It’s not just YouTubers that are running afoul of YouTube’s strict content ID system these days. Presidential hopeful Rand Paul, who announced his candidacy just a few short days ago, just had his first campaign video struck down for copyright violations. Sure, it happens to the best of us, but overall it’s not a great way to start a campaign for the highest office in the land.
The apparent culprit is a song used in the video. “Shuttin’ Down Detroit” by country singer John Rich was identified by YouTube’s content ID system as the property of Warner Music Group, the massive label that owns the rights to much of Rich’s catalog. The video was immediately flagged, leaving Rand Paul’s fledgling campaign without what we can only imagine was a kicky viral video that would have driven Kentucky voters to the polls.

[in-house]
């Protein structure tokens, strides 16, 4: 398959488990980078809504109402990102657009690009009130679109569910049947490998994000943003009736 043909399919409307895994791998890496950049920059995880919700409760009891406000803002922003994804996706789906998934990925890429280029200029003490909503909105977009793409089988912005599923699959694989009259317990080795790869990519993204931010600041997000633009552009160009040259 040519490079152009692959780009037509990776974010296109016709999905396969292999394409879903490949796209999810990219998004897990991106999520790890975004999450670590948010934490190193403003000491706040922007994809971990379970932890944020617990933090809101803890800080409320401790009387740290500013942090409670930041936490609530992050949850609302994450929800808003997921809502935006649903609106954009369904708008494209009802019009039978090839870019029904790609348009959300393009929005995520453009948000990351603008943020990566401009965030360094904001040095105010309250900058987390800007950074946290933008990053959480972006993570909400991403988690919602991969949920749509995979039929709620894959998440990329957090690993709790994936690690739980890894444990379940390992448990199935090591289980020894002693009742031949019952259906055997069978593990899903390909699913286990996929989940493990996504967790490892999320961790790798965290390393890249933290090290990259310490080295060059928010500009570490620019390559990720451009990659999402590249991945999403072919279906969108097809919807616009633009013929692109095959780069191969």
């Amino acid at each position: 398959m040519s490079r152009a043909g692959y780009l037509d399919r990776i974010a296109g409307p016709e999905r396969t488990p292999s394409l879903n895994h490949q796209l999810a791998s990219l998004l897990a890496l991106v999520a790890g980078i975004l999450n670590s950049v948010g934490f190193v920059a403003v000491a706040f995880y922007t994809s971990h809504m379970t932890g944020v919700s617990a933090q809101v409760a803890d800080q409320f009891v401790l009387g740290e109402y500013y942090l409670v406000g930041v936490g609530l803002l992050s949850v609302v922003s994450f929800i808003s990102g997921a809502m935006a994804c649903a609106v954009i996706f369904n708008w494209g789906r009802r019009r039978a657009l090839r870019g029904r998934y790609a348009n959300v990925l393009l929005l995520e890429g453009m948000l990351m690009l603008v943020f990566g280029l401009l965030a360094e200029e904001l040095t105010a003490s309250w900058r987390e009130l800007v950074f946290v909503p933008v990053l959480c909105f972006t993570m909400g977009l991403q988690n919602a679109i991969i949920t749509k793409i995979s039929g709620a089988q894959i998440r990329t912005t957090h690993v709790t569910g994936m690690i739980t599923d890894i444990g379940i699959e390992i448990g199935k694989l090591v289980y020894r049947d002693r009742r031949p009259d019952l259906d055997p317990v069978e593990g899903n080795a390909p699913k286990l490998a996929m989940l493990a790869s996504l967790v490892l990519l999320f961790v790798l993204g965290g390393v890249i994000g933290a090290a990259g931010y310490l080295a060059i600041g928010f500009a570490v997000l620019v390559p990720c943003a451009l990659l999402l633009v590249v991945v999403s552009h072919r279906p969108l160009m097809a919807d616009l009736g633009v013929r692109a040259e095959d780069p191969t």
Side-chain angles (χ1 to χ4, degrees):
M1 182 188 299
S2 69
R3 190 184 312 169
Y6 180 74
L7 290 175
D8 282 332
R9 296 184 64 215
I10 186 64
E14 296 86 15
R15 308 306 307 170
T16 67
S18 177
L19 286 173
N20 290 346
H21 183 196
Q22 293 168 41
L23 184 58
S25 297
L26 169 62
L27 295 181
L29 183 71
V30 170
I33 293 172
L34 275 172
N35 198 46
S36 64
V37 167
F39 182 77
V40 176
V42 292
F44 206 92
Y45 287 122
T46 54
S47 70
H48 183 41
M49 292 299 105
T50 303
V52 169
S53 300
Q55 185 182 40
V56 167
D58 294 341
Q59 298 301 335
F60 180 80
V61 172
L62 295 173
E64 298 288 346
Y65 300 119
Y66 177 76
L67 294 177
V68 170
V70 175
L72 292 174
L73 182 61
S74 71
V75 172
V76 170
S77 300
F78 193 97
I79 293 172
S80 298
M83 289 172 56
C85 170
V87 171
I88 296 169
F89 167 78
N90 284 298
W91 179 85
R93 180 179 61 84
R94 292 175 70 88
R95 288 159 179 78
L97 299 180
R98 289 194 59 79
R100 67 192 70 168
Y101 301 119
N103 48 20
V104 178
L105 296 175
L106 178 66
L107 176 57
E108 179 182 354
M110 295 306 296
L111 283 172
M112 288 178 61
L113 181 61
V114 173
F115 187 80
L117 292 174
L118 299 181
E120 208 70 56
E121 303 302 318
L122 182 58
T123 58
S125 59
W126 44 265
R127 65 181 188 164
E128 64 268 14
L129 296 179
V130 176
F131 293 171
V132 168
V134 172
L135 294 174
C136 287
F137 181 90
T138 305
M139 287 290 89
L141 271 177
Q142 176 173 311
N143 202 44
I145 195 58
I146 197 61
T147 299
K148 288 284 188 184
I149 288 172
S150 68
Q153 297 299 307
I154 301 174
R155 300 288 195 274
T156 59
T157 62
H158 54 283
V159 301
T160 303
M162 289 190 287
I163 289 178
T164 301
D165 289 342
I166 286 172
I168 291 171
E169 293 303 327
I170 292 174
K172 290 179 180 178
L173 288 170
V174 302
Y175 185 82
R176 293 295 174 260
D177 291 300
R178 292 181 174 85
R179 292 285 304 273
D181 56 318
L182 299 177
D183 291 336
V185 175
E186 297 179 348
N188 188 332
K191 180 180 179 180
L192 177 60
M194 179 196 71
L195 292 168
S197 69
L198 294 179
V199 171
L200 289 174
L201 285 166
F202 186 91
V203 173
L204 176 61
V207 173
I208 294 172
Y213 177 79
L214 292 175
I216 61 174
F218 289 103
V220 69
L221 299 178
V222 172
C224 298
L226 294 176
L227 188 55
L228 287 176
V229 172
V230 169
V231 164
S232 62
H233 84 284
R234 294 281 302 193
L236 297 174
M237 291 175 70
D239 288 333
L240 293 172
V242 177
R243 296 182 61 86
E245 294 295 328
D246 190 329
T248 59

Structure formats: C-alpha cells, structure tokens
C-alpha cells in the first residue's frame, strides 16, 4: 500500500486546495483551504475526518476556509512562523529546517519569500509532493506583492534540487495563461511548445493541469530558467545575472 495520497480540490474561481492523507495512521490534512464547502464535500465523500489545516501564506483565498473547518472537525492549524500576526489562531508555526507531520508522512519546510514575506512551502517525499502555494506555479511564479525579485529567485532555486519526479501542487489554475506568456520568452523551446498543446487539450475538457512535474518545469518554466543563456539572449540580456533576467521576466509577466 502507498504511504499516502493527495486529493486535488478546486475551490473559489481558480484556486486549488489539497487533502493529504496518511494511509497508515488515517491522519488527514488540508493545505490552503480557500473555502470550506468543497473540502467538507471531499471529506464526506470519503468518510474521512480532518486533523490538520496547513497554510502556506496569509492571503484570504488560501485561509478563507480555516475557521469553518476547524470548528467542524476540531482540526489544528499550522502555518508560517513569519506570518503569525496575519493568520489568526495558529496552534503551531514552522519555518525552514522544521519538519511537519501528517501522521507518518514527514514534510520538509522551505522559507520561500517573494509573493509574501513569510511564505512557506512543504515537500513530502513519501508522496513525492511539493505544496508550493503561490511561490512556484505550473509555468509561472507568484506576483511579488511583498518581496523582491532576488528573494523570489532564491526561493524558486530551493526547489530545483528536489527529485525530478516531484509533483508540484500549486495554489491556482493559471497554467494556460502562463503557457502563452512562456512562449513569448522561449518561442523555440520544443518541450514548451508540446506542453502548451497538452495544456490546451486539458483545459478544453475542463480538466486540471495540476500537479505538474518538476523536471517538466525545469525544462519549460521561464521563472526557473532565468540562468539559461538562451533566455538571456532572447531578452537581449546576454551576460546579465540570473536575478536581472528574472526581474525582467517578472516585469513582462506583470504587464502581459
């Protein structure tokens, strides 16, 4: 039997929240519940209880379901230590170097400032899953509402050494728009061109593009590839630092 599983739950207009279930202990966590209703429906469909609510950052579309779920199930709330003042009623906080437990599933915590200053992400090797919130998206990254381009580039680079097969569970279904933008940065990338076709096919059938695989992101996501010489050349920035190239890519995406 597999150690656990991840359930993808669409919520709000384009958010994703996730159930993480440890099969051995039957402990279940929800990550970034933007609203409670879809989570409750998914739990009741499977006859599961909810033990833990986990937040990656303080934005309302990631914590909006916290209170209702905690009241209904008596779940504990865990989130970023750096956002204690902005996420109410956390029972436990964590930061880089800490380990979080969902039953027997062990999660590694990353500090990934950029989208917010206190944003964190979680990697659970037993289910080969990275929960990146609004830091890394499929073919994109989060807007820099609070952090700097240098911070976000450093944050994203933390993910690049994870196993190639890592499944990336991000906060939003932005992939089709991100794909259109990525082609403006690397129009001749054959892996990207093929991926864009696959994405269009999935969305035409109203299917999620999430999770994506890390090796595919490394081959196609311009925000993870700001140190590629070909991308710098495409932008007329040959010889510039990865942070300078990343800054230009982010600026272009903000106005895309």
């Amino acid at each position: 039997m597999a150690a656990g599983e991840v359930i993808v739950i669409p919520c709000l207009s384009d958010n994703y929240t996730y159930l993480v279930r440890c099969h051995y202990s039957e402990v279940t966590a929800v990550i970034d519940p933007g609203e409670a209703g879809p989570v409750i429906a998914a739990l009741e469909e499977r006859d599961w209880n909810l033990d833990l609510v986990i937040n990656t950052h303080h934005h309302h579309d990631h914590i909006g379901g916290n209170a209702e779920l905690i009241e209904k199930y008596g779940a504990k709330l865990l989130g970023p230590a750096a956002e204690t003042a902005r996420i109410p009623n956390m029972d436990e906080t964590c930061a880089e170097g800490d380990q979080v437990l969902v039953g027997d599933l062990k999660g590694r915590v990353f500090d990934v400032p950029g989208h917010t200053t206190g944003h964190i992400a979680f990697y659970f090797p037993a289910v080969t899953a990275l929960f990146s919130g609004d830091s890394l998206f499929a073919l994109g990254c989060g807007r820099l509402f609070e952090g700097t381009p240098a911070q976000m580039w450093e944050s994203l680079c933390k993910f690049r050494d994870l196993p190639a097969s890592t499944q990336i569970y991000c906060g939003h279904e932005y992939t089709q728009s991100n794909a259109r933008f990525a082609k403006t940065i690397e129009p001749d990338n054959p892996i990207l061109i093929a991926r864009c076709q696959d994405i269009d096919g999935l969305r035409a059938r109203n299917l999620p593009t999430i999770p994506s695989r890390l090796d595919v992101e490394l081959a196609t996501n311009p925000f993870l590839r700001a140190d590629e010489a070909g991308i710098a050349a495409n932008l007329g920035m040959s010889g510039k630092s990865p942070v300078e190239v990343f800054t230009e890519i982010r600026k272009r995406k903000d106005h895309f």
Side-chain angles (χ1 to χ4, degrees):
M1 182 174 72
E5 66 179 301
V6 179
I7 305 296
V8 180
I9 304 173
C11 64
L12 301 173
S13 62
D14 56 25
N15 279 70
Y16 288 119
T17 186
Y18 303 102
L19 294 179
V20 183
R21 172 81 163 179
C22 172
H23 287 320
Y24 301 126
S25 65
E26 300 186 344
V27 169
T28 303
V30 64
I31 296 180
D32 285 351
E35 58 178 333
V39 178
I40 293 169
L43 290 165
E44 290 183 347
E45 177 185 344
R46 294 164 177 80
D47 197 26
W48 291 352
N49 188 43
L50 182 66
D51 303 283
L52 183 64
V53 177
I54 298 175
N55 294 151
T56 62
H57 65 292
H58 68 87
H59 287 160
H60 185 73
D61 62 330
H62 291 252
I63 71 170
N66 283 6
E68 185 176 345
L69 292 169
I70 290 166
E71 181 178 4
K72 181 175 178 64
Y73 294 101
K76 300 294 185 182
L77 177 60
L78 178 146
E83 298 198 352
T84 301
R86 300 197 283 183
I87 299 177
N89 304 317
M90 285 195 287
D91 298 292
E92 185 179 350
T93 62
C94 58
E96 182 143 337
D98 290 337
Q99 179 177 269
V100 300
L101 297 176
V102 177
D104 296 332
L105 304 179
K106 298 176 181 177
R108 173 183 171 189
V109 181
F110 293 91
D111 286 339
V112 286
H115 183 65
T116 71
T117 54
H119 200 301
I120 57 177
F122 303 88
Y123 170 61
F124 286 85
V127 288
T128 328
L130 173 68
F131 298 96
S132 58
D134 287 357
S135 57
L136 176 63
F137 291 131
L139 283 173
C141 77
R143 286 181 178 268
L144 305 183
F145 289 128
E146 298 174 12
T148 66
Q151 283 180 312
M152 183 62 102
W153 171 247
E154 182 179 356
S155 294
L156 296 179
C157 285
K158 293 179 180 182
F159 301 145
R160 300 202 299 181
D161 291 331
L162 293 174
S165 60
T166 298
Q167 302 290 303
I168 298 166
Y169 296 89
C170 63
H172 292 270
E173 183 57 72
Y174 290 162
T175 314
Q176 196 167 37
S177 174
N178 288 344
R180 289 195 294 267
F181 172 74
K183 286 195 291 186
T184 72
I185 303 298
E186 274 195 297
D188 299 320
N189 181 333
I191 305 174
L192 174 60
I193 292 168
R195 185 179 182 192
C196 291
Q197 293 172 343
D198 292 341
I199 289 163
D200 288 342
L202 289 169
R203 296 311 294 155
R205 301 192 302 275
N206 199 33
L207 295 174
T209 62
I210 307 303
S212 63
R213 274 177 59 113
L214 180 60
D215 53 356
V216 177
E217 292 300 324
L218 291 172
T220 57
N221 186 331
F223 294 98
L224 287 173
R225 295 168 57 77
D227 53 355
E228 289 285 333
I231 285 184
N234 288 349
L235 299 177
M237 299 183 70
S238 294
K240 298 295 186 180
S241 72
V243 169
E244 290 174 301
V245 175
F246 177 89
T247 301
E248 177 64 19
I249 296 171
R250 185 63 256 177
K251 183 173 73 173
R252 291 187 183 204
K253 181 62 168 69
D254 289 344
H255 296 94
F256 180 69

There are a few possible causes for the takedown. YouTube’s content ID system isn’t exactly flaw free, and there have been several recent incidents in which videos were flagged in error. A more likely explanation is that Paul’s recently launched campaign is still building up its social media team and someone either didn’t know they needed, or just plain forgot to secure the rights to Rich’s song before using it in a video. It’s a common mistake for new YouTubers and I’m sure Paul will get the hang of it soon. In the meantime perhaps Senator Paul should consult the YouTube audiolibrary for some nice royalty-free tracks. I understand there’s a pretty bomb cover of “Twinkle Twinkle Little Star” in there.
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